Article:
The US drugmaker $BIIB secured US approval for Spinraza for use in the often fatal genetic disease in 2016. The approval covered a broad range of patients with infantile-onset (most likely to develop Type 1) SMA. 

Jason Kelly. Mike Blake/Reuters via Adobe

Eye­ing big ther­a­peu­tic push, Gink­go bags $290M to build a cell pro­gram­ming em­pire

Ginkgo Bioworks is on a roll. Days after publicizing a plan to nurture new startups via partnerships with accelerators Y Combinator and Petri, the Boston biotech says it has raised another $290 million for its cell programming platform to reach further and wider.

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UP­DAT­ED: Speak­er Nan­cy Pelosi to un­veil bill for fed­er­al­ly ne­go­ti­at­ed drug prices

After months of buzz from both sides of the aisle, Speaker Nancy Pelosi will today introduce her plan to allow the federal government to negotiate prices for 250 prescription drugs, setting up a showdown with a pharmaceutical industry working overtime to prevent it.

The need to limit drug prices is a rare point of agreement between President Trump and Democrats, although the president has yet to comment on the proposal and will likely face pressure to back a more conservative option or no bill at all. Republican Senator Chuck Grassley is reportedly lobbying his fellow party members on a more modest proposal he negotiated with Democratic Senator Ron Wyden in July.

Jeff Kindler's Cen­trex­ion re­news bid to make pub­lic de­but

Jeffrey Kindler’s plan to take his biotech — which is developing a slate of non-opioid painkillers — public, is back on.

The Boston based company, led by former Pfizer $PFE chief Kindler, originally contemplated a $70 million to $80 million IPO last year— but eventually postponed that strategy. On Wednesday, the company revived its bid to make a public debut in a filing with the SEC — although no pricing details were disclosed.

Zachary Hornby. Boundless

'A fourth rev­o­lu­tion in can­cer ther­a­pies': ARCH-backed Bound­less Bio flash­es big check, makes big­ger promis­es in de­but

It was the cellular equivalent of opening your car door and finding an active, roaring engine in the driver seat.

Scientists learned strands of DNA could occasionally appear outside of its traditional home in the nucleus in the 1970s, when they appeared as little, innocuous circles on microscopes; inexplicable but apparently innate. But not until UC San Diego’s Paul Mischel published his first study in Science in 2014 did researchers realize these circles were not only active but potentially overactive and driving some cancer tumors’ superhuman growth.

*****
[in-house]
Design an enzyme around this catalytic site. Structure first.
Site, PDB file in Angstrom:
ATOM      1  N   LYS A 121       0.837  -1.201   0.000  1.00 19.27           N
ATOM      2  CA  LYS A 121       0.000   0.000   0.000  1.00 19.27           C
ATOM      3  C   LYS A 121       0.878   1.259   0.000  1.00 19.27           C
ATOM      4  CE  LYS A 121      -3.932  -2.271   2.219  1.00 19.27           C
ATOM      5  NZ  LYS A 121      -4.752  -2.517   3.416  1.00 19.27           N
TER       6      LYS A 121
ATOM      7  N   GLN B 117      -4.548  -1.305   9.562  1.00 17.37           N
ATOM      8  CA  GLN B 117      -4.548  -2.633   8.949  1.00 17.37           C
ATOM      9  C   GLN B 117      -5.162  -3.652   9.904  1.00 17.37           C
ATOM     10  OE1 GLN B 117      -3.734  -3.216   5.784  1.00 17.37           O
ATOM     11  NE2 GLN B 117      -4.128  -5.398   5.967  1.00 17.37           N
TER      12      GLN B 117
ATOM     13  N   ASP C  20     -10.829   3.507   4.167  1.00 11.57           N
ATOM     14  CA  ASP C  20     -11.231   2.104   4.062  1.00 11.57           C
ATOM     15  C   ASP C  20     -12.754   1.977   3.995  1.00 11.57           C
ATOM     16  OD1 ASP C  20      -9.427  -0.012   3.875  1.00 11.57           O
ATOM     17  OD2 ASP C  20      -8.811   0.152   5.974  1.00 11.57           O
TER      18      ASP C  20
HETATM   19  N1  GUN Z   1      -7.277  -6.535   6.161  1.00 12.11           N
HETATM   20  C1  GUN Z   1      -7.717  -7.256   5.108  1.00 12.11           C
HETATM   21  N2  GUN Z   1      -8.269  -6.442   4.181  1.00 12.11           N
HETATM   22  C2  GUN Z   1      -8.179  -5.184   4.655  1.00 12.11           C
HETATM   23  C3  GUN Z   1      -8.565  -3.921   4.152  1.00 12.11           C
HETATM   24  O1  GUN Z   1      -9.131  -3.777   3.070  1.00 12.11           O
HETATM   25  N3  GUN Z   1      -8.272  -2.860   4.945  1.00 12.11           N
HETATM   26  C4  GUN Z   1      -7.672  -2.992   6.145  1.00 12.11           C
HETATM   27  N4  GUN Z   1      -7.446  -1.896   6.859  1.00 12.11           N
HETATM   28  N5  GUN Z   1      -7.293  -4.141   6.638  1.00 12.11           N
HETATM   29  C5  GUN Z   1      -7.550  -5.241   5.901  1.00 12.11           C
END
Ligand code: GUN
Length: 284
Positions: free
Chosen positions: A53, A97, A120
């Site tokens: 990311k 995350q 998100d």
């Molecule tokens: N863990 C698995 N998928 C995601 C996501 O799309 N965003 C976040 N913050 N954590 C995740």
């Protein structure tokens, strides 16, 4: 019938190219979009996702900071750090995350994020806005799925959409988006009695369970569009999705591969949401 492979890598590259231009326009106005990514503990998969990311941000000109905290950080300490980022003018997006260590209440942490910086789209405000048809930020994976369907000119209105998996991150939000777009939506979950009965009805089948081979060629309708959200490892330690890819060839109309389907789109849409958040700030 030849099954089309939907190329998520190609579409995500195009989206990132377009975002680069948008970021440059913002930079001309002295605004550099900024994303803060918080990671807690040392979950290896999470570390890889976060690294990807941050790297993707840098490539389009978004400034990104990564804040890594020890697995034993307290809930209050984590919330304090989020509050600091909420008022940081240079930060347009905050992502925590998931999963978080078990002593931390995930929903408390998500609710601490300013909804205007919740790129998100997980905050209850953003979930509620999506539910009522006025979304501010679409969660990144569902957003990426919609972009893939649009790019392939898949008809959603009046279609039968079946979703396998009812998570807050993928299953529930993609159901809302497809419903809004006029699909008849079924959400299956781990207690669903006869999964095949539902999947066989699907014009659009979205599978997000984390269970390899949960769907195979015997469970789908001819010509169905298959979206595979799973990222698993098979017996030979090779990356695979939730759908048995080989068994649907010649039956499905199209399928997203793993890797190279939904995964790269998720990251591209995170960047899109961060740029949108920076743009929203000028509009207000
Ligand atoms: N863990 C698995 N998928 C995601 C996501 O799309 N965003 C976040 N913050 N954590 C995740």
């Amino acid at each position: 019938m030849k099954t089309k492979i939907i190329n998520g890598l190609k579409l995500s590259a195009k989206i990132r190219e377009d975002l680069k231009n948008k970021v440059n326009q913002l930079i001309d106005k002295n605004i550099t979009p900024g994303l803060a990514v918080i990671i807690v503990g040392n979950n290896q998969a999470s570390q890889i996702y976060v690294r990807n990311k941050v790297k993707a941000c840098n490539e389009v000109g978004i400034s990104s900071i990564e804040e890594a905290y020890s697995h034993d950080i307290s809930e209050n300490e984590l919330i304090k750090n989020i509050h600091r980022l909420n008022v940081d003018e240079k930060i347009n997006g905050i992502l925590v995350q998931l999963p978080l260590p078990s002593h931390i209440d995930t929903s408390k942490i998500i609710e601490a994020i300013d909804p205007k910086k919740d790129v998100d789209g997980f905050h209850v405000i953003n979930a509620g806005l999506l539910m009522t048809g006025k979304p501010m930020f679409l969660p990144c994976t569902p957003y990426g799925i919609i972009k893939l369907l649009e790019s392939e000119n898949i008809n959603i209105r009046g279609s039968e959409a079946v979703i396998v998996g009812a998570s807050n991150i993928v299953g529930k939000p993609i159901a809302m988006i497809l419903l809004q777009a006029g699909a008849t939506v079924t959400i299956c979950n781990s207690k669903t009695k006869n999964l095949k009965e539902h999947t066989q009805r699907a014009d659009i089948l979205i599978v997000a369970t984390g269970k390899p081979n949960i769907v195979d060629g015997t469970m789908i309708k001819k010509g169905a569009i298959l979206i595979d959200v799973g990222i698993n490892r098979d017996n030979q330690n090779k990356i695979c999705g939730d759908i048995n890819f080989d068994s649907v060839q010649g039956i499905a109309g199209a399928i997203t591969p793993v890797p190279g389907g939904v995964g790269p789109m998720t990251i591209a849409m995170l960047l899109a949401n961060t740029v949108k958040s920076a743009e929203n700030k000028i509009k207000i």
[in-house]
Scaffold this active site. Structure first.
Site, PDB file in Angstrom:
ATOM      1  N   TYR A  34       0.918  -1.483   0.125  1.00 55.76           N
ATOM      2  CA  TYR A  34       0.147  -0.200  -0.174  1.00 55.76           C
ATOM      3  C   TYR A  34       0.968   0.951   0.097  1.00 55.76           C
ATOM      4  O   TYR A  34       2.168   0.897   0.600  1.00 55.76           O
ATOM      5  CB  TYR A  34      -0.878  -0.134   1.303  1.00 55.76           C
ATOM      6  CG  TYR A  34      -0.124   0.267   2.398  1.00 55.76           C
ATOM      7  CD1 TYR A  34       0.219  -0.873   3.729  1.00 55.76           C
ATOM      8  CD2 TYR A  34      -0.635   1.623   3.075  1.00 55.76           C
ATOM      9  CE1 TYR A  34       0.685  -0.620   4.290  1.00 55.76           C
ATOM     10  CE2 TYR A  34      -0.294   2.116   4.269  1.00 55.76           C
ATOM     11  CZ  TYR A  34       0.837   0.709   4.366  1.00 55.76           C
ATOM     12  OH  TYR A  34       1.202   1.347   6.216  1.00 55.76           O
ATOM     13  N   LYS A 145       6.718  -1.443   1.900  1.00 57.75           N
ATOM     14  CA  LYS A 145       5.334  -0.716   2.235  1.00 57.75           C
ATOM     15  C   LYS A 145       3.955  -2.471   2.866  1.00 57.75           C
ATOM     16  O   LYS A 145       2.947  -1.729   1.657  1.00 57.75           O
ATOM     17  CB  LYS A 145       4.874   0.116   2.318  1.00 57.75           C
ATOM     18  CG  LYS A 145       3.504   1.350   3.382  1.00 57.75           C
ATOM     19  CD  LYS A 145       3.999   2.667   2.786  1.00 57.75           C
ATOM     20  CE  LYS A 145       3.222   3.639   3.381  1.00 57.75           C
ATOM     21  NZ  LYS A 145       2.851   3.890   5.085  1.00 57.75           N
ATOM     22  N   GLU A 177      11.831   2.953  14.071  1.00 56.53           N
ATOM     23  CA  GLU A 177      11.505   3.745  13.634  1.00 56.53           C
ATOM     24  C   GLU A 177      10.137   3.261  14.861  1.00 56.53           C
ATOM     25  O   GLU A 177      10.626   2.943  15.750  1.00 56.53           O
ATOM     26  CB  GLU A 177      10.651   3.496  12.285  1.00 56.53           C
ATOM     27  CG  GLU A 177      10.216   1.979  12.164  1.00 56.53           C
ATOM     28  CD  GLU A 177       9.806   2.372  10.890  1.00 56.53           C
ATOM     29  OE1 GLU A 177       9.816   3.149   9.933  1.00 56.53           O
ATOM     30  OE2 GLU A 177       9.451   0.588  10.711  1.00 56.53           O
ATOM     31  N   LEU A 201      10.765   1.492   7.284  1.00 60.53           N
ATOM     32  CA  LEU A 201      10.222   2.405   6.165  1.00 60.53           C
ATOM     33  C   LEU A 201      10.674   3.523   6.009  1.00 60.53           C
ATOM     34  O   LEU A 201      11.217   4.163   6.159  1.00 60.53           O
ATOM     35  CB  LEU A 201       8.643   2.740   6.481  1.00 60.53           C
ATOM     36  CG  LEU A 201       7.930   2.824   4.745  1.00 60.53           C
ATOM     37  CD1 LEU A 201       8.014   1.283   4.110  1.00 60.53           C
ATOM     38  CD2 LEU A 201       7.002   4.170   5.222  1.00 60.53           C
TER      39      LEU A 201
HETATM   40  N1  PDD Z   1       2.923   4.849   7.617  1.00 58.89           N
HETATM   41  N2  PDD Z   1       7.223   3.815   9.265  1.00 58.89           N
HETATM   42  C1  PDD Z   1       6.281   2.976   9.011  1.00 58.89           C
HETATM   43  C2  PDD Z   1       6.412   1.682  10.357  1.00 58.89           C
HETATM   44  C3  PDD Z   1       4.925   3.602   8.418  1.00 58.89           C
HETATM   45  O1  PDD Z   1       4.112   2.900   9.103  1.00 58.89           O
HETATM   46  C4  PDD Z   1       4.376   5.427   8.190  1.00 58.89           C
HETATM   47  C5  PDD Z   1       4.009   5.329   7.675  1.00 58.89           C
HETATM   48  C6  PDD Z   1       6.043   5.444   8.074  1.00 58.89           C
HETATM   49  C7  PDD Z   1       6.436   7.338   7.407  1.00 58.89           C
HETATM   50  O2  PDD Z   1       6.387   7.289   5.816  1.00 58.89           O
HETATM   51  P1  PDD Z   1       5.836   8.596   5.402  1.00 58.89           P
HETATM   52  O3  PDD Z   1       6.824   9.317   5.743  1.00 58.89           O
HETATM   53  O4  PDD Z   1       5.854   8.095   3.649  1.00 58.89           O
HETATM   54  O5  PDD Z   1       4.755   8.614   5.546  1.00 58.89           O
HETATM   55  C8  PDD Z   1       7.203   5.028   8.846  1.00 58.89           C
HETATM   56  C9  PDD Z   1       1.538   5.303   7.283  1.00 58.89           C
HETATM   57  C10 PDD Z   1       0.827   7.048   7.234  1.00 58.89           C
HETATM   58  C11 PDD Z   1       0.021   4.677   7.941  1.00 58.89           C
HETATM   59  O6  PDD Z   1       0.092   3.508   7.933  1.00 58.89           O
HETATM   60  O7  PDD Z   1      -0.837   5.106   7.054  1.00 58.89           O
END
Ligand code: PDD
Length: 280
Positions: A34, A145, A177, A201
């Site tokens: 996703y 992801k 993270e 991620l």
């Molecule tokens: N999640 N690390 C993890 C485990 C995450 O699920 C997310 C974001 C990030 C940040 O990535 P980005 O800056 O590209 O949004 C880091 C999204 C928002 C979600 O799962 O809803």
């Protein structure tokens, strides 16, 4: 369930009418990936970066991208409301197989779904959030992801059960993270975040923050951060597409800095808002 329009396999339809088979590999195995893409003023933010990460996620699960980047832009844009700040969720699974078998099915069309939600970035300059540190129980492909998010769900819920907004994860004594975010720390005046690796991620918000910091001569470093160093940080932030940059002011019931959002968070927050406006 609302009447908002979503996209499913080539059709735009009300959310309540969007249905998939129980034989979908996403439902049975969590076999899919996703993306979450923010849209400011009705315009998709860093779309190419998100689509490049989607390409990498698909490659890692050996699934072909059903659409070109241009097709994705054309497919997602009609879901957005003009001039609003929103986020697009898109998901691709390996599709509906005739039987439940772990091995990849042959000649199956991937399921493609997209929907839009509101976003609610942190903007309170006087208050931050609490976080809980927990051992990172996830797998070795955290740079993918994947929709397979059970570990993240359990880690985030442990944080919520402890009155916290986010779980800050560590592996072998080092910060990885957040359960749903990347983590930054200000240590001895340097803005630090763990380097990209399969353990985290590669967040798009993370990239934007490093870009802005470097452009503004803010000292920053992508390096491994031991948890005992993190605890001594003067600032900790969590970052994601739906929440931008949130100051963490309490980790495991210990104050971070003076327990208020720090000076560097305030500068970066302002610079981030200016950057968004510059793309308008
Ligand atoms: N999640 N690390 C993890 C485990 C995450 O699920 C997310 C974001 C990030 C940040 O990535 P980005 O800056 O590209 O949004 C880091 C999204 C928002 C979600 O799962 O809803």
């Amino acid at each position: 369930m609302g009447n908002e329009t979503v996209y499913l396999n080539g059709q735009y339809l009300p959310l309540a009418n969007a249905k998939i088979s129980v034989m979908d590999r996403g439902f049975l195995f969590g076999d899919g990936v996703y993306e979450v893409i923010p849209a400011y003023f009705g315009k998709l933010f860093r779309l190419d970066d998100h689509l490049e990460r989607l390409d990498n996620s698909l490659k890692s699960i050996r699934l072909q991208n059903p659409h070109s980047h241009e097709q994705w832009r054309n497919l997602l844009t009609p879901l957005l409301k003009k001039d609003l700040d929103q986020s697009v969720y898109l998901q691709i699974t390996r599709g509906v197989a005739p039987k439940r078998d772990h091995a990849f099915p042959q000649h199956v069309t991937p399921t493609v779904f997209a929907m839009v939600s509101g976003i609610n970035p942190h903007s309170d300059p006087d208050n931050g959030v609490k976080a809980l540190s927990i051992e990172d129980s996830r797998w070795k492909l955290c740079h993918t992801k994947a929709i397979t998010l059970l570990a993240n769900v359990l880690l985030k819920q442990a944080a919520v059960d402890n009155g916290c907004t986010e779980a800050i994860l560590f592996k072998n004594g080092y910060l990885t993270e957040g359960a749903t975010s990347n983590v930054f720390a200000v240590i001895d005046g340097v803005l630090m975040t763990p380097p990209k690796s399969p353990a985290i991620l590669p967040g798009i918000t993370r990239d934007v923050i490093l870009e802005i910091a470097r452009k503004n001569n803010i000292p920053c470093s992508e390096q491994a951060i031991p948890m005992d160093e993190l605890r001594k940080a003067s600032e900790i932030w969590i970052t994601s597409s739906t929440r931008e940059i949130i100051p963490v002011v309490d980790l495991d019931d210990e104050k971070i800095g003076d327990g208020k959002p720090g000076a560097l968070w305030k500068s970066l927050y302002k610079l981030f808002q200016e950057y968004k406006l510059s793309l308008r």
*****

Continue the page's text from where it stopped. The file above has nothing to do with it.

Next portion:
It’s fi­nal­ly over: Bio­gen, Ei­sai scrap big Alzheimer’s PhI­I­Is af­ter a pre­dictable BACE cat­a­stro­phe rais­es safe­ty fears

Months after analysts and investors called on Biogen and Eisai to scrap their BACE drug for Alzheimer’s and move on in the wake of a string of late-stage failures and rising safety fears, the partners have called it quits. And they said they were dropping the drug — elenbecestat — after the independent monitoring board raised concerns about…safety.

We don’t know exactly what researchers found in this latest catastrophe, but the companies noted in their release that investigators had determined that the drug was flunking the risk/benefit analysis.

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Mer­ck helps bankroll new part­ner Themis' game plan to fin­ish the chikun­gun­ya race and be­gin on­colyt­ic virus quest

As Themis gears up for a Phase III trial of its chikungunya vaccine, the Vienna-based biotech has closed out €40 million ($44 million) to foot the clinical and manufacturing bills.

Its heavyweight partners at Merck — which signed a pact around a mysterious “blockbuster indication” last month — jumped into the Series D, led by new investors Farallon Capital and Hadean Ventures. Adjuvant Capital also joined, as did current investors Global Health Investment Fund, aws Gruenderfonds, Omnes Capital, Ventech and Wellington Partners Life Sciences.